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The Legal Stuff
BT Currents - Hot Topics in Employment Law
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25 May 2017 Need to Check an Employee’s Criminal Background? Tread Carefully

  Federal laws do not prohibit employers from asking about a job applicant’s criminal history. But equal employment opportunity (EEO) and federal laws prevent employers from discriminating against job applicants on the basis of this information. The Equal Employment Opportunity Commission (EEOC) has guidelines that establish the following rules:   Title VII of the Civil Rights Act prohibits employers from treating people with similar criminal records differently because of their race, national origin, color, sex or religion Title VII also prohibits employers from using policies…

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06 Jun 2016 Employers Need Not Tolerate Workers Screaming On the Electronic Street Corner Terminating Employees For Offensive Remarks On Social Media

Over the last few days, the news media have widely covered Bank of America’s decision to fire one of its employees for posting this on the employee’s personal Facebook page:   I hate Facebook for this reason you f***ing n****rs.  And yes, if [you] can call each that well I can too.  ‘F***ing n****r go back to Africa. Get over your pity party. You created this hatred and your own kind that brought your great-great-parents [sic] over here and sold them.  ‘Do something with your…

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09 Dec 2015 EMPLOYERS: The #ElderlyChristmasSongs Hashtag Is Trending On Twitter

We have posted numerous blogs discussing the need for employers to stay on top of what is trending on the Internet. Why? Because trending topics can sometimes lead to controversial discussions that might not be consistent with an employer’s EEO Policy. As a result, we explained that it would be prudent to understand what may be the current topic being discussed around the watercooler.   Here is a follow up to those posts. The #ElderlyChirstmasSongs hashtag is currently trending on Twitter. What is the relevance…

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13 Nov 2015 Casual Friday: Make Sure Your Employees Keep it Classy

Casual Friday.  It’s a day of the week many employees are allowed to “dress down” a bit in anticipation for the weekend.  And many employees like to get a bit “festive” during the holiday season.   Well, the Internet is slightly annoyed right now.  A large national retailer has decided to start selling a sweater bearing the slogan:  “OCD:  Obsessive Christmas Disorder.”  While probably well intentioned, some people don’t think it’s funny to make light of obsessive compulsive disorder.  And if people are taking to…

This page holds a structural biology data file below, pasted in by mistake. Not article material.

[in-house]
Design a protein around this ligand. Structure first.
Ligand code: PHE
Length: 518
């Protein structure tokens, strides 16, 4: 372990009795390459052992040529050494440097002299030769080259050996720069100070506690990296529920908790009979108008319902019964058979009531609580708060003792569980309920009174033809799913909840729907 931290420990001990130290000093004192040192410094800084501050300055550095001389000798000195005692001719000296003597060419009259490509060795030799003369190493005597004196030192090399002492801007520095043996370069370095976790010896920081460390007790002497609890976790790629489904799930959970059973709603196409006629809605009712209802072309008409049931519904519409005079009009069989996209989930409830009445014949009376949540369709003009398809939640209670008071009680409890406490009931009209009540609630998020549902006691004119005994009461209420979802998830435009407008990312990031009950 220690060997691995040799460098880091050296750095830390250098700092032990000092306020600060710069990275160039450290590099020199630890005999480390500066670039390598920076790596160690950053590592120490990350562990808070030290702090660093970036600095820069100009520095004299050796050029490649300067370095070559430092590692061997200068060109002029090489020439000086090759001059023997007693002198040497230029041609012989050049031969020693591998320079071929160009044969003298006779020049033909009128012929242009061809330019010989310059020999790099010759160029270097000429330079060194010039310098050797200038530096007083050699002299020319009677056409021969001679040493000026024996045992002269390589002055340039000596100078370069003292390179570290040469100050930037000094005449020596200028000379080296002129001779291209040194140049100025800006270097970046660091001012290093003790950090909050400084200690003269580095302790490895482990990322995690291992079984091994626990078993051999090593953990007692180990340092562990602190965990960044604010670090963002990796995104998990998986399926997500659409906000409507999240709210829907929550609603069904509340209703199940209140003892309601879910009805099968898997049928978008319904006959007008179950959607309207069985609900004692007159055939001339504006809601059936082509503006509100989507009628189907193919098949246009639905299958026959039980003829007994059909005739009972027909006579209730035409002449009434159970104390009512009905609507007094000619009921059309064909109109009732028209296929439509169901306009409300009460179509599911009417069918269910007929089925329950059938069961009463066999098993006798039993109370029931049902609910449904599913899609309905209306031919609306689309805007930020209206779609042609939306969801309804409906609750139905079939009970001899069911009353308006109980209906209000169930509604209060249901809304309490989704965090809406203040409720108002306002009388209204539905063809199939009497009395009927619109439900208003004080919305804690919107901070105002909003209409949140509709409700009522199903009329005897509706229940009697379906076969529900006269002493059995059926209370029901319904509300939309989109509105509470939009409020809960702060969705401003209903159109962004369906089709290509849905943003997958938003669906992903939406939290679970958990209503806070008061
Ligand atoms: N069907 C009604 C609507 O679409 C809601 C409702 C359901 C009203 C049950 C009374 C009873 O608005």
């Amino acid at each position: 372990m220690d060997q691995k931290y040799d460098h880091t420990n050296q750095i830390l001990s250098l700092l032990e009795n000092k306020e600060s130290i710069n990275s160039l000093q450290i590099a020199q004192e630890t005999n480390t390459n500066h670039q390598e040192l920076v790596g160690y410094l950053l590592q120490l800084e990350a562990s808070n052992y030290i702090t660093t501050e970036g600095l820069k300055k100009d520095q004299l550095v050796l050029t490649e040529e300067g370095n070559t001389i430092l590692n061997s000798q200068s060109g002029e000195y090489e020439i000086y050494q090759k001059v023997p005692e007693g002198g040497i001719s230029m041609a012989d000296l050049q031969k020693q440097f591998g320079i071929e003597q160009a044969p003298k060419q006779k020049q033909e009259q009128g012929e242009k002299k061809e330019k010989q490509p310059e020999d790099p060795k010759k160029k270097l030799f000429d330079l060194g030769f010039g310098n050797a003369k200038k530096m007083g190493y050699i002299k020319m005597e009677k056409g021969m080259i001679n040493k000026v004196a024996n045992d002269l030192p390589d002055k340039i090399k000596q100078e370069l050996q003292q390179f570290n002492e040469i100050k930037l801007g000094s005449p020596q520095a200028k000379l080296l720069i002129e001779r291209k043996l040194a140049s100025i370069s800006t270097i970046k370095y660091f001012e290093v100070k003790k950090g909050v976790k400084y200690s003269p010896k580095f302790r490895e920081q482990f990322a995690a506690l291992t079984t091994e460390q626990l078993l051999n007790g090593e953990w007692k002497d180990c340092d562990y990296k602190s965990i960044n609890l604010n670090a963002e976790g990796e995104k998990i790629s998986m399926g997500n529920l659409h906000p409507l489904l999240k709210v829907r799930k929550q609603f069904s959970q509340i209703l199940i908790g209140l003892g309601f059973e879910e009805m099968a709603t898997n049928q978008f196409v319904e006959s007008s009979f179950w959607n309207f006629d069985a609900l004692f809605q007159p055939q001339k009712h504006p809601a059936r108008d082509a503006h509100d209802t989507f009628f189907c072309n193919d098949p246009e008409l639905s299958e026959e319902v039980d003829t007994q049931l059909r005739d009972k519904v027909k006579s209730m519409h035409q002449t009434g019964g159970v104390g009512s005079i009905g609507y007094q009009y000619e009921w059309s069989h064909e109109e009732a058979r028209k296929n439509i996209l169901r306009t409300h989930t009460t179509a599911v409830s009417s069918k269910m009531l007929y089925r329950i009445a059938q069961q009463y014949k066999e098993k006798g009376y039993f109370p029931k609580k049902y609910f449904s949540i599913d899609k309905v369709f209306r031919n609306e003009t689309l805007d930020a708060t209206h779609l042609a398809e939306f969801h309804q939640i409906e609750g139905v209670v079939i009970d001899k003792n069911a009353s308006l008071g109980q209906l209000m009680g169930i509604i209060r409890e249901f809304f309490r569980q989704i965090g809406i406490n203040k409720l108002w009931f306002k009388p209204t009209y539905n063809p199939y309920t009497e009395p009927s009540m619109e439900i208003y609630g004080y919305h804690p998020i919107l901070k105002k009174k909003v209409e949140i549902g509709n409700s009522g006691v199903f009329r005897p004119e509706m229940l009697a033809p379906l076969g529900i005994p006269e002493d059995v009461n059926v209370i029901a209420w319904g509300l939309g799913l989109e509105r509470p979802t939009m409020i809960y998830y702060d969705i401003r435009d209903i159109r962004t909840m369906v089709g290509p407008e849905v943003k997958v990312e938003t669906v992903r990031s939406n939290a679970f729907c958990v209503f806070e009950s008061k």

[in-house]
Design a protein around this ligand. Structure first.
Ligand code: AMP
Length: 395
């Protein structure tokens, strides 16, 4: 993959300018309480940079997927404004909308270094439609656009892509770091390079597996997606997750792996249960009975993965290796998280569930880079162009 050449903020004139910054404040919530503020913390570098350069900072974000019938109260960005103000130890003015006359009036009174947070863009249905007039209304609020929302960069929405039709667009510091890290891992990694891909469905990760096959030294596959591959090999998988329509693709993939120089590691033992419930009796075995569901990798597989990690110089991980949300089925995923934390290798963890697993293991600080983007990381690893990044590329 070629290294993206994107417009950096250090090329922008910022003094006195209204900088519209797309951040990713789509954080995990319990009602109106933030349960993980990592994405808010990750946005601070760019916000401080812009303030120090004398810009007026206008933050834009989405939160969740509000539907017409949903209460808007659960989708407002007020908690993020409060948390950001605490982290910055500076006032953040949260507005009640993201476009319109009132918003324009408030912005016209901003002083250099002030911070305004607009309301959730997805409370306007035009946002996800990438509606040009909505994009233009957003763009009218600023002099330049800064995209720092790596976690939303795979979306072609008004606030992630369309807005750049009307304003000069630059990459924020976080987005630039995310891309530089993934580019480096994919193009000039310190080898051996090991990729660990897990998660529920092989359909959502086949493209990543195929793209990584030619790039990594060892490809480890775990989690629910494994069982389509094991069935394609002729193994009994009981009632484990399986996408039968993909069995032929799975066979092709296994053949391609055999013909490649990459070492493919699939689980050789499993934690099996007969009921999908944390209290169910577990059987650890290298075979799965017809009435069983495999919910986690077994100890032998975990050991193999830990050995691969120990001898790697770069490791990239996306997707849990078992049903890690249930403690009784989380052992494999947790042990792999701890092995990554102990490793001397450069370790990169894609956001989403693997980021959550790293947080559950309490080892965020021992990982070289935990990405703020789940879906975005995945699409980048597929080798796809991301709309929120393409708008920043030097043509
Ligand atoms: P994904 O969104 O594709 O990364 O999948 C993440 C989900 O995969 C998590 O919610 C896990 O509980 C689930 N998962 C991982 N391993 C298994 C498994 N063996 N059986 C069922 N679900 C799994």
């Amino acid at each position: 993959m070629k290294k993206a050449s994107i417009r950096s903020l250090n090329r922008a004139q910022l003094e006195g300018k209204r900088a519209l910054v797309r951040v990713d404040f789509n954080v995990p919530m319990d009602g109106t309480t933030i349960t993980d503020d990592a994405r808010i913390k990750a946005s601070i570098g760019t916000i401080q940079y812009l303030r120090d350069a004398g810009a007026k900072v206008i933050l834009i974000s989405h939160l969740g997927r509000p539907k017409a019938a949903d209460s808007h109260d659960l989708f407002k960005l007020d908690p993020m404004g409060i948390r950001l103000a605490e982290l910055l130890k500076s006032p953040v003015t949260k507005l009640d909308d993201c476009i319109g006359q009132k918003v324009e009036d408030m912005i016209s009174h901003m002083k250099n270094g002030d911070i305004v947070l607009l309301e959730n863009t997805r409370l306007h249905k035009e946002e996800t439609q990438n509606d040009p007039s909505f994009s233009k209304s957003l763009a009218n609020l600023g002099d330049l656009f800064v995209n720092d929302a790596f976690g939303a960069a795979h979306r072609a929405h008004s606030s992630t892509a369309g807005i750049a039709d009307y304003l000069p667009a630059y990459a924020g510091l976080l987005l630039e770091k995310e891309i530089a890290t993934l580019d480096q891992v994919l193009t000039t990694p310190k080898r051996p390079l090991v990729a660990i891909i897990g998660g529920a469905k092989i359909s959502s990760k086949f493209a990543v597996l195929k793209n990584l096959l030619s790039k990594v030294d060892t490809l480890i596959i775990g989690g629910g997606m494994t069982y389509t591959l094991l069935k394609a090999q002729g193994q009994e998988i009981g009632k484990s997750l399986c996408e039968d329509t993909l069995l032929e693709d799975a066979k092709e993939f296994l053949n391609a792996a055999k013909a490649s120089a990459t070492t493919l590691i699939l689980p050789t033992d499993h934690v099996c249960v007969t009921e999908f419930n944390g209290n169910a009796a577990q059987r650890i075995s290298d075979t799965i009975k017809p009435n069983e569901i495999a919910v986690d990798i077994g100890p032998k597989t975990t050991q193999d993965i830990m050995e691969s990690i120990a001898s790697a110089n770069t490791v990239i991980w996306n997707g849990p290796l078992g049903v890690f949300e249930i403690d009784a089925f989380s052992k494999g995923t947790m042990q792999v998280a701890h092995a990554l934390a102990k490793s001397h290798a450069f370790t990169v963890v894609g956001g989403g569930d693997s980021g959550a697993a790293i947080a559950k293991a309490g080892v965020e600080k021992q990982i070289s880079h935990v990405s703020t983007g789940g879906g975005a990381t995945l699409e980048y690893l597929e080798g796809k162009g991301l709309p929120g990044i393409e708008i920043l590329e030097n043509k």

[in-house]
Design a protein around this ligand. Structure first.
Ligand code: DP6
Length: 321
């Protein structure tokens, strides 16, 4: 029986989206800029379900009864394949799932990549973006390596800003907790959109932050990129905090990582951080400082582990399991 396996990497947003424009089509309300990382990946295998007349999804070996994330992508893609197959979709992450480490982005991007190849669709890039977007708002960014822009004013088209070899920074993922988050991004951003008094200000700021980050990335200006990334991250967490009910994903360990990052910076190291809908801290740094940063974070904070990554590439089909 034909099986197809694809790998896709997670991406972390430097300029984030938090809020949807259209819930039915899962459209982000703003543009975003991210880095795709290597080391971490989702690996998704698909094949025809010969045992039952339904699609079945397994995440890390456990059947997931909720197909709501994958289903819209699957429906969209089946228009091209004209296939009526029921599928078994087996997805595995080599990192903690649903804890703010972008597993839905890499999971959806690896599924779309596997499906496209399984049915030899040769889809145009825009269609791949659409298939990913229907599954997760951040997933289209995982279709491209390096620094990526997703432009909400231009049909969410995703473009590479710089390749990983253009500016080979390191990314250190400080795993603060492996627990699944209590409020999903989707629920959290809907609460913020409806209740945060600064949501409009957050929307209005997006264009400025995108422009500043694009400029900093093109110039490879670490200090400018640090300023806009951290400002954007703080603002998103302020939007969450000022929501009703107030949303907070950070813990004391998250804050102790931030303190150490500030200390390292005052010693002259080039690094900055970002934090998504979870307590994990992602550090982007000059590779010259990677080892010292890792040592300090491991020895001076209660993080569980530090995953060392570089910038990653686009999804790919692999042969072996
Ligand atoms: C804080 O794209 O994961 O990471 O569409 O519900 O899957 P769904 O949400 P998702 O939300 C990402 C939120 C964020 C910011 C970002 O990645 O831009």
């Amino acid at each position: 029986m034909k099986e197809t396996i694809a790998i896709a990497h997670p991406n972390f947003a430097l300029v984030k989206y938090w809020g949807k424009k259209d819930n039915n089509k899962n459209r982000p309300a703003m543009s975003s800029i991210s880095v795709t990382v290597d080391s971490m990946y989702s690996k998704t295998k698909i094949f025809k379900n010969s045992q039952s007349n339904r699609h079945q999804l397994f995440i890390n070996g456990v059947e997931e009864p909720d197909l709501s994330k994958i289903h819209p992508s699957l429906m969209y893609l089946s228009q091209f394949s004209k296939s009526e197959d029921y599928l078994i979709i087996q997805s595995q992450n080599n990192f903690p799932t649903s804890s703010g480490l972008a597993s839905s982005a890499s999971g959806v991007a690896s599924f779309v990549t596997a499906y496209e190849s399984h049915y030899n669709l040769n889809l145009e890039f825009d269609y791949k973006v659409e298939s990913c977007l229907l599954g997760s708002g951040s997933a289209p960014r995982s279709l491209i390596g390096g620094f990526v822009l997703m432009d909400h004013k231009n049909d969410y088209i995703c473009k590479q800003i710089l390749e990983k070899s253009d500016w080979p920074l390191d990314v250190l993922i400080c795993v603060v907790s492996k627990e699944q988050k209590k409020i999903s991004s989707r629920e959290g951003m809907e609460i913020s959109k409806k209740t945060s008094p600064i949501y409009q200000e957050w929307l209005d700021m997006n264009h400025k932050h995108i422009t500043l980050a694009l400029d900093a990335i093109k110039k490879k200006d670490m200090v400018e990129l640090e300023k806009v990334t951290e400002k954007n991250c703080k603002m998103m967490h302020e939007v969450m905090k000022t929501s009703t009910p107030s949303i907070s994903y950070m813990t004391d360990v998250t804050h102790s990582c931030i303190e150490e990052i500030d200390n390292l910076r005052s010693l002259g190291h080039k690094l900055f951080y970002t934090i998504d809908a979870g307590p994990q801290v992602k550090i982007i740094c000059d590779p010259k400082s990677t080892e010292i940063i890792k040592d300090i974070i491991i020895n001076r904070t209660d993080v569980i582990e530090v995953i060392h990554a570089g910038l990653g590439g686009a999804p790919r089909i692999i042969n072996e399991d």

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11 Nov 2015 DO IT FOR THE VINE! How This Week’s Viral Social Media Trend Can Spark Legal Liability in the Workplace

Consider the following scenario: Sharon is the owner of a very successful restaurant in Florida. Sharon’s establishment employs around 20 individuals. Most of her employees are between 18 and 22 years old. In May 2015, Sharon hired Joseph as a server. Joseph is a disabled 38 year old whose medical condition requires that he wear special orthopedic shoes.   Sharon began noticing an annoying pattern of behavior during the first week of July. Several of her younger employees working in the back stock-room would frequently…

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03 Sep 2015 Choose Your Words Wisely

In Figueroa v. Village of Melrose Park, a former female probationary officer filed a lawsuit alleging gender and race discrimination. Of relevance to this post, the plaintiff’s police chief expressed concern that she would be a liability because the plaintiff would be unable to defend herself in a confrontation with a “200-pound man.” In denying summary judgment, the district court held that this remark amounted to direct evidence of gender discrimination. While some may argue that the remark was nothing more than a “real world”…

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23 Mar 2015 3 Types of Associational Discrimination Claims

Most employers (we hope) are well aware that the Americans with Disabilities Act prohibits discrimination against “qualified individuals with a disability.” Nevertheless, many employers may not realize that the ADA also protects applicants and employees from discrimination based on their relationship or association with an individual who has a disabling condition. Generally speaking, there are three types of associational discrimination claims:   “Expense” discrimination Employer fears that association with disabled person will be costly to the employer.   “Disability by association” A relationship with a…

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